"[Title on Verso] Tabula Duodecima Asiae Continet Taprobanam Insulam", Ptolemy/Fries
Subject: Sri Lanka
Period: 1541 (published)
Publication: Claudii Ptolemaei Alexandrini Geographicae…
Color: Hand Color
18 x 11.1 inches
45.7 x 28.2 cm
Claudius Ptolemy was a mathematician, astronomer and geographer who worked in Alexandria, then a part of the Roman Empire, in the 2nd century AD. One of the most learned and influential men of his time, his theories dominated both astronomy and geography for nearly 1500 years. His writings were kept alive by Arabic scholars during the Middle Ages and reemerged in Europe during the Renaissance. The birth of printing led to wide dissemination of his great works on astronomy and geography. There were a number of editions of his Geographia beginning in 1477. These early editions contained maps based on his original writings, known as Ptolemaic maps. As geographic knowledge increased with the explorations of Columbus, Magellan, Cabot and others, maps of the New World were added, and maps of the Old World were revised. Ptolemy's Geographia continued to be revised and published by some of the most important cartographers including Martin Waldseemuller, Sebastian Munster, Giacomo Gastaldi, Jodocus Hondius, and Gerard Mercator (whose last edition was published in 1730).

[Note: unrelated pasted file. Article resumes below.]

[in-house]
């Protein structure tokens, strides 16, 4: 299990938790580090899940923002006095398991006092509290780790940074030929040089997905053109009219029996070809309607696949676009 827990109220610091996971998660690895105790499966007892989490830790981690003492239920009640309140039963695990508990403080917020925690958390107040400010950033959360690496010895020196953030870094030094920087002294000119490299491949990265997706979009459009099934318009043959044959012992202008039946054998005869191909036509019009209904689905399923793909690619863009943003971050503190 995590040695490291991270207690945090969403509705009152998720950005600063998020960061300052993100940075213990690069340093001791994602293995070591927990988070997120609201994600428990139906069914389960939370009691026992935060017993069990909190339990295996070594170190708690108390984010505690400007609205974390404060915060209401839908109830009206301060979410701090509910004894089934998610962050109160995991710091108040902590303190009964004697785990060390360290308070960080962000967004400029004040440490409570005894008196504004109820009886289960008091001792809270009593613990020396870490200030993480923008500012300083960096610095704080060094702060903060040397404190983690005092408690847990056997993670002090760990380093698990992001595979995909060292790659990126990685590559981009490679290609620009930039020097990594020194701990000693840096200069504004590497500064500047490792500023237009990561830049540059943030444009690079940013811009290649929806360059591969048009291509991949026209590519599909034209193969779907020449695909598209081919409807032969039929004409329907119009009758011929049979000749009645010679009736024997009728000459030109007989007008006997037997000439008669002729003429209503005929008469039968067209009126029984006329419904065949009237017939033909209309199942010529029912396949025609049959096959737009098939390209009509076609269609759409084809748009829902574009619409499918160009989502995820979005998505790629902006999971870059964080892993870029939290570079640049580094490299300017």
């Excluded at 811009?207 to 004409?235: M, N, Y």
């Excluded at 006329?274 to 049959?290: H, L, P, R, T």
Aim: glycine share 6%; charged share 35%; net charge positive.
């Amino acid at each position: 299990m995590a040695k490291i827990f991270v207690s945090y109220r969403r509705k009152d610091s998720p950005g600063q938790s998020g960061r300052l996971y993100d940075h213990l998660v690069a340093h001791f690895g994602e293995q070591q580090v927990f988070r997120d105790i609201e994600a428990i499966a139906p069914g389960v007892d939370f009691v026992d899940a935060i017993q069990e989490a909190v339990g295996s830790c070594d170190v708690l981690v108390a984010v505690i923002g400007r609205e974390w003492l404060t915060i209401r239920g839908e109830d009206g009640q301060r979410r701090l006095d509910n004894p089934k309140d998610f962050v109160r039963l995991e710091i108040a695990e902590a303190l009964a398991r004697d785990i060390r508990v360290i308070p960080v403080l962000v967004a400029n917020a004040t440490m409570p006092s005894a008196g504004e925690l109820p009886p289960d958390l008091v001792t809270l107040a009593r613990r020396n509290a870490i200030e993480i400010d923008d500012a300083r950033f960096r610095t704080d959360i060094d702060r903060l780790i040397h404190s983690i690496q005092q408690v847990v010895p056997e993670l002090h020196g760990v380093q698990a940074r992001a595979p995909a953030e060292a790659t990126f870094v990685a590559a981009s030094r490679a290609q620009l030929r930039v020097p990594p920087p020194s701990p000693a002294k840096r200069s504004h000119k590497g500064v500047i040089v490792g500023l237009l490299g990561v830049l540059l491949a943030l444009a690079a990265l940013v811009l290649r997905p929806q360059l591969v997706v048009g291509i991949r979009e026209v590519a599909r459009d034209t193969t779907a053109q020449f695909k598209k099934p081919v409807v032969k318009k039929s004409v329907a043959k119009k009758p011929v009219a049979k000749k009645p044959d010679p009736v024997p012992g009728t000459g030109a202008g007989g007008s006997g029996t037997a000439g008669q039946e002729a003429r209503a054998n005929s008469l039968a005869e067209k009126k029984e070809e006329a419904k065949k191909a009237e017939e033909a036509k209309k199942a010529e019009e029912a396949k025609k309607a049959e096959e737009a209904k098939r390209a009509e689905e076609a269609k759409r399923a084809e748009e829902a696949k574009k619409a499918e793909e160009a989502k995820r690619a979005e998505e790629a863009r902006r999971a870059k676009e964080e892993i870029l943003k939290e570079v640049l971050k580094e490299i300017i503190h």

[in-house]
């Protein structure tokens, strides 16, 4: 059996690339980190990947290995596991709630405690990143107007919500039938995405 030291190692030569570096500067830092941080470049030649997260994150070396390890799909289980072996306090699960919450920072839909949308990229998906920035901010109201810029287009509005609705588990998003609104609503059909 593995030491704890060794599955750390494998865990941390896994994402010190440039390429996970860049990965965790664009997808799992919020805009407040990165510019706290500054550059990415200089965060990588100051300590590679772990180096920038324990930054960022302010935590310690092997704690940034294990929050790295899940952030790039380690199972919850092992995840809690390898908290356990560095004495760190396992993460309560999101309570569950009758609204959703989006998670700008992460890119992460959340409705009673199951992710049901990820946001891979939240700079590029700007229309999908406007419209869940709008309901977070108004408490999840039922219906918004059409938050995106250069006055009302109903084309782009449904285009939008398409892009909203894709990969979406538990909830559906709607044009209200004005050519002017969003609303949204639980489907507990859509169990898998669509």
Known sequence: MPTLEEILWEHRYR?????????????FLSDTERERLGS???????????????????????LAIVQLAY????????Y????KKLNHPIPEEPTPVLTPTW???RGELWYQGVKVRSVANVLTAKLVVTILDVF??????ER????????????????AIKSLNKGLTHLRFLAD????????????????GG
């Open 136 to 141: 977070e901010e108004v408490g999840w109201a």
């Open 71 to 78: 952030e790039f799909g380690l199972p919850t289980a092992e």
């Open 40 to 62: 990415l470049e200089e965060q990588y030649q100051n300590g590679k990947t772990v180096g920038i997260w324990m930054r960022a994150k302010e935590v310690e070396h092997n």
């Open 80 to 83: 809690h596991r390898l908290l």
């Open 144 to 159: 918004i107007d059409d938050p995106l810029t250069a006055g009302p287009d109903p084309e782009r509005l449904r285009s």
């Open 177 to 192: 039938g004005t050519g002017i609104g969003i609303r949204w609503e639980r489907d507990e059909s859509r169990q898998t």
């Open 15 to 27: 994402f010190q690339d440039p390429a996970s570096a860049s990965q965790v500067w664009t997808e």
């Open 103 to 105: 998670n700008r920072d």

This is an early woodblock map of the island of Taprobana, which depicts the typical misconceptions of Ptolemy showing the island greatly enlarged, surrounded by imaginary islands, and with a small part of India incorrectly drawn in the northeast corner of the map. Toprobana was drawn too large on most early maps due, in part, to its importance to trade between the Europe and Southeast Asia. Also Marco Polo stated that the island had a circumference of 2400 miles and had been even larger in the past. This map is largely based on the 1513 map by Walseemuller, with the addition of more of the spurious Indian coastline and more small islands to the east of Ceylon. The title is on the verso along with Latin text. This edition was printed by Gaspar Treschel and edited by Michael Villanovus (known as Servetus). Servetus was charged with heresy by John Calvin in 1553, in part due to the text in this atlas. The courts found him guilty and sentenced him to burning at the stake, atop a pyre of his own books, including this atlas.
References: Mickwitz & Miekkavaara #211-26.
A clean and bright example with a dark impression and minor marginal soiling.